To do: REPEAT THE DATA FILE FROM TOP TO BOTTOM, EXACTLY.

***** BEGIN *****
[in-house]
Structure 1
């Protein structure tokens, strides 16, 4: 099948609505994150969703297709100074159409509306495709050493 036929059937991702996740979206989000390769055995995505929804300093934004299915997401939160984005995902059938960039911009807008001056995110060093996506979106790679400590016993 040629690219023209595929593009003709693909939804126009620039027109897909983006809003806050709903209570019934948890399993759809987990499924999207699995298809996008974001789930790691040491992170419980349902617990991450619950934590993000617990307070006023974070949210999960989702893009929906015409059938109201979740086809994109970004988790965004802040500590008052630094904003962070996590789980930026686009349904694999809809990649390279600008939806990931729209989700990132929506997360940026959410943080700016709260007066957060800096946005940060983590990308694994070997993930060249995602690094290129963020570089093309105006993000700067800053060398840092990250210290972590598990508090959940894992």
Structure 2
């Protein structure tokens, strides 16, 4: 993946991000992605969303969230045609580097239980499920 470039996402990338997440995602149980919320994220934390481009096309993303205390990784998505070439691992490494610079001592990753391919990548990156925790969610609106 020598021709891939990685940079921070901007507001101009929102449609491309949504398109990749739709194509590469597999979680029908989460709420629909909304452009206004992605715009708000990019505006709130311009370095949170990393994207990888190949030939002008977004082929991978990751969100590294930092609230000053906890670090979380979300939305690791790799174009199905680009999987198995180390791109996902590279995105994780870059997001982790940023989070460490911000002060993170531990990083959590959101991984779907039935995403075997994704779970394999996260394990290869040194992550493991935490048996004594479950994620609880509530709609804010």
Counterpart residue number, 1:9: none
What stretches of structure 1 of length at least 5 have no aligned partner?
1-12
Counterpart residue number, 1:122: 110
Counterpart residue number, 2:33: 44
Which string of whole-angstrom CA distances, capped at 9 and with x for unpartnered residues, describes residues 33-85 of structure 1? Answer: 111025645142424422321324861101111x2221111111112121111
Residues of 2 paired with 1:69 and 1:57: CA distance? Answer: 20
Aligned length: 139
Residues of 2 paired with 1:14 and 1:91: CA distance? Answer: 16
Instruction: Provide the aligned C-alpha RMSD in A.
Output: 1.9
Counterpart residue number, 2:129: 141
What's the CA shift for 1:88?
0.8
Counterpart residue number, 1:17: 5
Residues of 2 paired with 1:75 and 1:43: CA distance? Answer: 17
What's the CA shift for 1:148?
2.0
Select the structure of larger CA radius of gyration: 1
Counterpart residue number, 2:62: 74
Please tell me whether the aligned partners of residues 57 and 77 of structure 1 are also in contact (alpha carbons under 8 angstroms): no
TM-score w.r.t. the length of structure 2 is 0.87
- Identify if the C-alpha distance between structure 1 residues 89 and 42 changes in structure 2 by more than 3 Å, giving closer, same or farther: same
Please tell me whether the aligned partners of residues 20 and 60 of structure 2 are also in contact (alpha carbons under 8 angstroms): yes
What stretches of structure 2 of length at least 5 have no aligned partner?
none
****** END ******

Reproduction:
[in-house]
Structure 1
């Protein structure tokens, strides 16, 4: 099948609505994150969703297709100074159409509306495709050493 036929059937991702996740979206989000390769055995995505929804300093934004299915997401939160984005995902059938960039911009807008001056995110060093996506979106790679400590016993 040629690219023209595929593009003709693909939804126009620039027109897909983006809003806050709903209570019934948890399993759809987990499924999207699995298809996008974001789930790691040491992170419980349902617990991450619950934590993000617990307070006023974070949210999960989702893009929906015409059938109201979740086809994109970004988790965004802040500590008052630094904003962070996590789980930026686009349904694999809809990649390279600008939806990931729209989700990132929506997360940026959410943080700016709260007066957060800096946005940060983590990308694994070997993930060249995602690094290129963020570089093309105006993000700067800053060398840092990250210290972590598990508090959940894992």
Structure 2
């Protein structure tokens, strides 16, 4: 993946991000992605969303969230045609580097239980499920 470039996402990338997440995602149980919320994220934390481009096309993303205390990784998505070439691992490494610079001592990753391919990548990156925790969610609106 020598021709891939990685940079921070901007507001101009929102449609491309949504398109990749739709194509590469597999979680029908989460709420629909909304452009206004992605715009708000990019505006709130311009370095949170990393994207990888190949030939002008977004082929991978990751969100590294930092609230000053906890670090979380979300939305690791790799174009199905680009999987198995180390791109996902590279995105994780870059997001982790940023989070460490911000002060993170531990990083959590959101991984779907039935995403075997994704779970394999996260394990290869040194992550493991935490048996004594479950994620609880509530709609804010």
Counterpart residue number, 1:9: none
What stretches of structure 1 of length at least 5 have no aligned partner?
1-12
Counterpart residue number, 1:122: 110
Counterpart residue number, 2:33: 44
Which string of whole-angstrom CA distances, capped at 9 and with x for unpartnered residues, describes residues 33-85 of structure 1? Answer: 111025645142424422321324861101111x2221111111112121111
Residues of 2 paired with 1:69 and 1:57: CA distance? Answer: 20
Aligned length: 139
Residues of 2 paired with 1:14 and 1:91: CA distance? Answer: 16
Instruction: Provide the aligned C-alpha RMSD in A.
Output: 1.9
Counterpart residue number, 2:129: 141
What's the CA shift for 1:88?
0.8
Counterpart residue number, 1:17: 5
Residues of 2 paired with 1:75 and 1:43: CA distance? Answer: 17
What's the CA shift for 1:148?
2.0
Select the structure of larger CA radius of gyration: 1
Counterpart residue number, 2:62: 74
Please tell me whether the aligned partners of residues 57 and 77 of structure 1 are also in contact (alpha carbons under 8 angstroms): no
TM-score w.r.t. the length of structure 2 is 0.87
- Identify if the C-alpha distance between structure 1 residues 89 and 42 changes in structure 2 by more than 3 Å, giving closer, same or farther: same
Please tell me whether the aligned partners of residues 20 and 60 of structure 2 are also in contact (alpha carbons under 8 angstroms): yes
What stretches of structure 2 of length at least 5 have no aligned partner?
none